California Governor Arnold Schwarzenegger says he has dropped a multimillion-dollar magazine deal which was seen as a conflict of interest.
Mr Schwarzenegger had denied any conflict of interest
He was set to be paid more than $1m (£567,000) a year as a consultant for fitness magazines.
The governor's spokeswoman had denied any conflict, saying he had complied with laws on revealing income.
California law allows governors and other elected officials to keep outside jobs while in office.
The former actor, who was elected in 2003, has rejected his $175,000-a-year salary as governor.
"When I became governor I pledged to put the people of California front and center," Mr Schwarzenegger said in a statement on Friday. "I don't want there to be any question or doubt that the people have my full devotion.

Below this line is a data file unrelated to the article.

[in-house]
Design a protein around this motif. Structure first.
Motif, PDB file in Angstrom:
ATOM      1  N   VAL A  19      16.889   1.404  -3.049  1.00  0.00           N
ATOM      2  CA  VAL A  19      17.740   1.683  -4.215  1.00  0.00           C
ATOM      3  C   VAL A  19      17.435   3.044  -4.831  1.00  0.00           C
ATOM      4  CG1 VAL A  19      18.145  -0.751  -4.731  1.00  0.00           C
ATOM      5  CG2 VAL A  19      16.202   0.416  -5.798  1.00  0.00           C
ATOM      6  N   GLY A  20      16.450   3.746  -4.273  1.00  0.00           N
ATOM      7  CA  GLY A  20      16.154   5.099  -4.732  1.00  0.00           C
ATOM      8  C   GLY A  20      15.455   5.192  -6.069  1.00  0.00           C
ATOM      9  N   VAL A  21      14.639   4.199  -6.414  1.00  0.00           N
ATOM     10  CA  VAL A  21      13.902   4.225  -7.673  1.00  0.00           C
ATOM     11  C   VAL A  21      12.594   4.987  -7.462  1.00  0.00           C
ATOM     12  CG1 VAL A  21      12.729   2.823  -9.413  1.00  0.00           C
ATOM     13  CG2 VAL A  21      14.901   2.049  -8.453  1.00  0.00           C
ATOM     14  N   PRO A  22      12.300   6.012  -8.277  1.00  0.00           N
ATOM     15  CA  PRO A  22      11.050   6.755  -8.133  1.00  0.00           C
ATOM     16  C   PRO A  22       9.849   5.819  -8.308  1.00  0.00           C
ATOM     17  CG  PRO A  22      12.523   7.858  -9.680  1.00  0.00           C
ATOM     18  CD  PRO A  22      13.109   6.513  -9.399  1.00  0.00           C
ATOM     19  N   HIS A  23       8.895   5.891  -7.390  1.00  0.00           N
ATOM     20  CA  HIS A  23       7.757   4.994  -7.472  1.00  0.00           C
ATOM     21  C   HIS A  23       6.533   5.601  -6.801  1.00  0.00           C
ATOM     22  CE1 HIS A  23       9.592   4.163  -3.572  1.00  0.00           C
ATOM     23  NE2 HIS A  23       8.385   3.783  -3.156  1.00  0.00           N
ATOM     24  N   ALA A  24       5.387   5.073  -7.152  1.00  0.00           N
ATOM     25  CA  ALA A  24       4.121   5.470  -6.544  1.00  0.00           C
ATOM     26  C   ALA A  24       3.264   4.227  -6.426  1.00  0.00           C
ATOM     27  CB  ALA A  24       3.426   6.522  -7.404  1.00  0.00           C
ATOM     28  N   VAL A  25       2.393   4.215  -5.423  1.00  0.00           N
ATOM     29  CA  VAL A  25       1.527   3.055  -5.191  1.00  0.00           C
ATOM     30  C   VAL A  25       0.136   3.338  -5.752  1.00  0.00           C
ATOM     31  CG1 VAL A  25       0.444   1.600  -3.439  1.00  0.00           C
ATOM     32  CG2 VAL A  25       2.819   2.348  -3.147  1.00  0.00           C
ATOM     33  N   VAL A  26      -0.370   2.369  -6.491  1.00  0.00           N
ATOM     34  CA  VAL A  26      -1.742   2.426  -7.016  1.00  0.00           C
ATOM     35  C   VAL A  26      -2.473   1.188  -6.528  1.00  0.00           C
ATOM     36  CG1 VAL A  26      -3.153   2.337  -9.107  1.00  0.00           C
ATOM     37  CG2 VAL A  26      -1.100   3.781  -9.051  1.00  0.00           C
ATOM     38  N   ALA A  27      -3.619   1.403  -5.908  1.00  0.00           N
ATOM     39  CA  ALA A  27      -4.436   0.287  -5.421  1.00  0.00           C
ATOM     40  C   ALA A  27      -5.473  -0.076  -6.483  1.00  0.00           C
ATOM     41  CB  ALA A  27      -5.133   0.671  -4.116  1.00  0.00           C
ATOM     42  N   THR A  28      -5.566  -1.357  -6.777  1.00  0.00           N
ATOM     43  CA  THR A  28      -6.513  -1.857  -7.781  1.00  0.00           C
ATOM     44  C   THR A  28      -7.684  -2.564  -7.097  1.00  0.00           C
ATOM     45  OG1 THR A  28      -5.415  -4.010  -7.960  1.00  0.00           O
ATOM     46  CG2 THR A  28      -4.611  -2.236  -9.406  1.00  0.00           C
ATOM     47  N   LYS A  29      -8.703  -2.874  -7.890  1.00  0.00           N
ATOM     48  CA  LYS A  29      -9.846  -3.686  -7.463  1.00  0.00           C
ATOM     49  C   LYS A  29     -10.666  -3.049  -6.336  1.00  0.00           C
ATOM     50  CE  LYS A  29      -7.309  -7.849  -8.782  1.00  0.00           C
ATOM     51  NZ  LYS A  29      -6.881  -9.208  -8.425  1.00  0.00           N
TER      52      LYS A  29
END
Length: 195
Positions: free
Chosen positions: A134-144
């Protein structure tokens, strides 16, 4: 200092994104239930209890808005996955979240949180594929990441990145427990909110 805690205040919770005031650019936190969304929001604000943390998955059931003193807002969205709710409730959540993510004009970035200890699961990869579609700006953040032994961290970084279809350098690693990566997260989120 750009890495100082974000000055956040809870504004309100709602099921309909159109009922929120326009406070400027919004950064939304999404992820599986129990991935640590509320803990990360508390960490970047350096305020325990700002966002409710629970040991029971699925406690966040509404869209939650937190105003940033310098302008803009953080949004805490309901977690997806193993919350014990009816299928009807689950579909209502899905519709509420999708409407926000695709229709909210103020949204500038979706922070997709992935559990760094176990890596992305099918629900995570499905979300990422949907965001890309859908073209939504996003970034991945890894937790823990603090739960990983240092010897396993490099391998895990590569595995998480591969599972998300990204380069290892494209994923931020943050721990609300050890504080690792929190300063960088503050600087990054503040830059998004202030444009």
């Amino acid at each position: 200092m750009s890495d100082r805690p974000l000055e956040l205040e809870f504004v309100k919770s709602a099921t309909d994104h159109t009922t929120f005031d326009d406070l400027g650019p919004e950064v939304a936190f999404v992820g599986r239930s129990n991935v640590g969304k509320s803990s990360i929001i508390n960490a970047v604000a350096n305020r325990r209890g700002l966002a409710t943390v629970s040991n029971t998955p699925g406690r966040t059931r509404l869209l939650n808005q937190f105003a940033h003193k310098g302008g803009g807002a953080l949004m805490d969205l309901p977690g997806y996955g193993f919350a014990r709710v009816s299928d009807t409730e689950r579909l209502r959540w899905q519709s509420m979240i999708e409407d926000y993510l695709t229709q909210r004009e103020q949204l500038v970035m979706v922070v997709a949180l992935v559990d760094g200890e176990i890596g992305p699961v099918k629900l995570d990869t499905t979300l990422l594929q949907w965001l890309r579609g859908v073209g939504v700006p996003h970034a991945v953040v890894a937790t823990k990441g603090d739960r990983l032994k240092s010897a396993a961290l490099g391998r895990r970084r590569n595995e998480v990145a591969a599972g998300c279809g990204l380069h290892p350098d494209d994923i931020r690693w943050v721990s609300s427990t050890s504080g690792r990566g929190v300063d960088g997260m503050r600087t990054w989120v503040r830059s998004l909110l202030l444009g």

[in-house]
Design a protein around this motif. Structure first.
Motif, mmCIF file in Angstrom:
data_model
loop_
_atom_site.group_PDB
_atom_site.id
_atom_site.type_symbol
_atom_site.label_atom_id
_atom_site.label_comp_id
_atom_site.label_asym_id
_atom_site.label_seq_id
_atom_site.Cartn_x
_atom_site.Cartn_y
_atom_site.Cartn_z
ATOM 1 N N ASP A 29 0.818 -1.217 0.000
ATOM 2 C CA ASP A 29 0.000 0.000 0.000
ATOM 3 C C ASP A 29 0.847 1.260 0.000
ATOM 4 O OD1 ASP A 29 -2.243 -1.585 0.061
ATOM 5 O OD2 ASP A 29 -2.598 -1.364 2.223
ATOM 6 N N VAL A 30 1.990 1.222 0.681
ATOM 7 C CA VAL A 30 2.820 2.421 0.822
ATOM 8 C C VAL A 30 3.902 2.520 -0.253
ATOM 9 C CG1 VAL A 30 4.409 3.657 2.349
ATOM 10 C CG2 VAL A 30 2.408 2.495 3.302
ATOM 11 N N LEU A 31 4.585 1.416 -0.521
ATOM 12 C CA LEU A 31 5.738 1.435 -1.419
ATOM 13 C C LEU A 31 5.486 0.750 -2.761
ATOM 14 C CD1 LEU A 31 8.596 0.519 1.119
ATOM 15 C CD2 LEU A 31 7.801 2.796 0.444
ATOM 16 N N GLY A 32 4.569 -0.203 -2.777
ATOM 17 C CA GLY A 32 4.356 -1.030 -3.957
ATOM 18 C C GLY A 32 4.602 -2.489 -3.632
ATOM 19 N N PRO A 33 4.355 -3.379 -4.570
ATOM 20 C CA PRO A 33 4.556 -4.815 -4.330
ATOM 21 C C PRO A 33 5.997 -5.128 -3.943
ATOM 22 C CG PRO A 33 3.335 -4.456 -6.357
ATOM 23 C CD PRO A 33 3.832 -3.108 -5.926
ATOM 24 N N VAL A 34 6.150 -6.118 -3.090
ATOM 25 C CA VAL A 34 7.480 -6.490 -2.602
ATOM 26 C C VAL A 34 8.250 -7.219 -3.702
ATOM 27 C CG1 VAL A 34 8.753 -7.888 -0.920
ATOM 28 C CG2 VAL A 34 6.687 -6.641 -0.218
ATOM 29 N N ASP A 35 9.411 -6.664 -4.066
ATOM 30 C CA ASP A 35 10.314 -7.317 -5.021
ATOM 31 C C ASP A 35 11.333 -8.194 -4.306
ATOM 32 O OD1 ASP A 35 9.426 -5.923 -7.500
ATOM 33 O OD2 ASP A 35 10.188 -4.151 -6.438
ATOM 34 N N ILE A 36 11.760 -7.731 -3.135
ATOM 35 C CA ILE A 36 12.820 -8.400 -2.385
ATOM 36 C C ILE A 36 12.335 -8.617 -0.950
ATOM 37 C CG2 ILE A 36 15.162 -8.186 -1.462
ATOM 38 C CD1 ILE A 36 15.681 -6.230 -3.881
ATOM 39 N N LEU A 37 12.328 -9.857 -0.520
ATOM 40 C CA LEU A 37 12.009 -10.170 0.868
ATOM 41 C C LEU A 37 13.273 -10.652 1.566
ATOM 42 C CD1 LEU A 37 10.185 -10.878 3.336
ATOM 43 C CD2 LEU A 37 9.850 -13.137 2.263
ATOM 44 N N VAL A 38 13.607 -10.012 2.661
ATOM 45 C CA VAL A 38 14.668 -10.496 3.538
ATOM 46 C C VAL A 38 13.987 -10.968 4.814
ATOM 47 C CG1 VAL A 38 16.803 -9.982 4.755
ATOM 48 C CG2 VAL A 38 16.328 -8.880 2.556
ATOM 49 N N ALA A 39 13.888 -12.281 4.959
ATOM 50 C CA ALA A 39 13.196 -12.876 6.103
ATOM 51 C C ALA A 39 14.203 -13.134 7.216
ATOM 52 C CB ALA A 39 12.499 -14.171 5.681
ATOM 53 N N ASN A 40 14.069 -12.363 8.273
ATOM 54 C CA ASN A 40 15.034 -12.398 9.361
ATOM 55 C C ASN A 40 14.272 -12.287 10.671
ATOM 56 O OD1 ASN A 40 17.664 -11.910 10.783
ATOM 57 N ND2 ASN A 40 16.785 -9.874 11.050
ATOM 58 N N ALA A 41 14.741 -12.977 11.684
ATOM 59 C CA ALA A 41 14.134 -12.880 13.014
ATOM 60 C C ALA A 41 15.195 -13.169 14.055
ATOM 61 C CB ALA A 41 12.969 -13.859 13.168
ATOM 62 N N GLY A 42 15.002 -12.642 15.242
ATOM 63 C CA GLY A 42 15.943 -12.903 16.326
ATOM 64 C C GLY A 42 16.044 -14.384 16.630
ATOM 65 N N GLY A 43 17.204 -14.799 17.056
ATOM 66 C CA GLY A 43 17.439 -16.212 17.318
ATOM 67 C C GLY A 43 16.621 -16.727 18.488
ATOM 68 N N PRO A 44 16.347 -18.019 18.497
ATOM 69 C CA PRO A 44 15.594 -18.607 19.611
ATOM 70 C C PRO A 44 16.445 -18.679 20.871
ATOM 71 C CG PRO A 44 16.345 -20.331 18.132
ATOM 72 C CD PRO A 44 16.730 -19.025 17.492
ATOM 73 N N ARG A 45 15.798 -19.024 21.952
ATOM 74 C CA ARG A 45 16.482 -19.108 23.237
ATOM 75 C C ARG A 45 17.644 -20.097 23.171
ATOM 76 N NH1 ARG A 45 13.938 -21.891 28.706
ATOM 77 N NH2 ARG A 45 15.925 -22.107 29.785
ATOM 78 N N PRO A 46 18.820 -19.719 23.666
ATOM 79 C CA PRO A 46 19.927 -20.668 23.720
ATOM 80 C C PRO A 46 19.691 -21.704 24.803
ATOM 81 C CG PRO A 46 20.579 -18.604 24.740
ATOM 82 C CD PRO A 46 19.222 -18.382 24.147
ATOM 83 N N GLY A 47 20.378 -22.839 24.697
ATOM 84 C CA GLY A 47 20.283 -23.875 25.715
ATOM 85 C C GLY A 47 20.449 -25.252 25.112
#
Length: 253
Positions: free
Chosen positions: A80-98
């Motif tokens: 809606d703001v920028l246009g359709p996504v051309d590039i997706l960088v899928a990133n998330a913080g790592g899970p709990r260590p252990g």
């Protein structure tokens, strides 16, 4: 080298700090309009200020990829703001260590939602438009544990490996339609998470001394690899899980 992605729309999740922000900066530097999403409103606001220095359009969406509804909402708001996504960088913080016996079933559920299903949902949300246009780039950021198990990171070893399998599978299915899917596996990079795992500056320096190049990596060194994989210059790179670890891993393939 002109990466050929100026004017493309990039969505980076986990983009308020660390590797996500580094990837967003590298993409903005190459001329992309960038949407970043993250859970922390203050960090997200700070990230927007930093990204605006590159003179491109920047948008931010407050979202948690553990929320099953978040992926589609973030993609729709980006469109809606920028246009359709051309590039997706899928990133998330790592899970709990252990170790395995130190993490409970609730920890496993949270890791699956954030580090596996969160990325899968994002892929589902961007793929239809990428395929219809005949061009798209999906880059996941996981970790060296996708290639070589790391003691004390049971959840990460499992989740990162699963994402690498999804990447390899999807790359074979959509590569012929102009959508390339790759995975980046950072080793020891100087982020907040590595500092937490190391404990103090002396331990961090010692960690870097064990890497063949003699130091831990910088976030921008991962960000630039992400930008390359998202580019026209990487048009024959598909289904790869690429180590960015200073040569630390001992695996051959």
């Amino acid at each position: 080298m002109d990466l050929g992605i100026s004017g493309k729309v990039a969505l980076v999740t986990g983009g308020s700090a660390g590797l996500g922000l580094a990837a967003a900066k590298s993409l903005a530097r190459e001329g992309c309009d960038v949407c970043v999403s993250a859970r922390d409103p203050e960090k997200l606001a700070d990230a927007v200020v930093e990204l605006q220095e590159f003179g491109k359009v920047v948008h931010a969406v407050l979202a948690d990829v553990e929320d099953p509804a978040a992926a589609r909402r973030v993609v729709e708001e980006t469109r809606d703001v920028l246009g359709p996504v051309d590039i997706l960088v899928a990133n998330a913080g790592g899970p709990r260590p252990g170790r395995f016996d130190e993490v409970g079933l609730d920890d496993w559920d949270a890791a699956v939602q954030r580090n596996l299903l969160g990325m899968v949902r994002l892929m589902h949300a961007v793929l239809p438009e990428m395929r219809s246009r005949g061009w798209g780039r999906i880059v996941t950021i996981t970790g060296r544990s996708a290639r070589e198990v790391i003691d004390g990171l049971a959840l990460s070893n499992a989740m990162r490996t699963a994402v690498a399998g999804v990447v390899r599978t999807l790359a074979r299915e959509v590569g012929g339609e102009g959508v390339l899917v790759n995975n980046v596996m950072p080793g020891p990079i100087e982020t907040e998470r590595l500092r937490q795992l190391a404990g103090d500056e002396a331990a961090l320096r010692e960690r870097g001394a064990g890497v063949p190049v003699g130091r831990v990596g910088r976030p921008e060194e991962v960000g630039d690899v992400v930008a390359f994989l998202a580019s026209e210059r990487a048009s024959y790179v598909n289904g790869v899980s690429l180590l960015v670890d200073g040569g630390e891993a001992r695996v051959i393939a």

"Therefore, effective today I will relinquish my title as executive editor and forego any compensation from the magazines."
American Media Operations, a subsidiary of American Media Inc. which publishes Flex and Muscle & Fitness magazines, revealed the payments in documents filed with the US Securities and Exchange Commission.
The payments, confirmed by the governor's office, could have been as high as $8m over five years.
The magazines receive much of their advertising revenue from companies producing dietary supplements.
Last year, Mr Schwarzenegger vetoed a bill that would have introduced state regulation in the supplement industry.
Jackie Speier, a Democrat in the California State Senate and the bill's sponsor, who had said the governor should quit the company, welcomed the move.
"Yesterday I asked the governor to make the right decision about his financial contract with American Media. Regardless of the legality of the contract, it was time for him to be a leader and to sever the contract. I am pleased that he has acted appropriately," she said.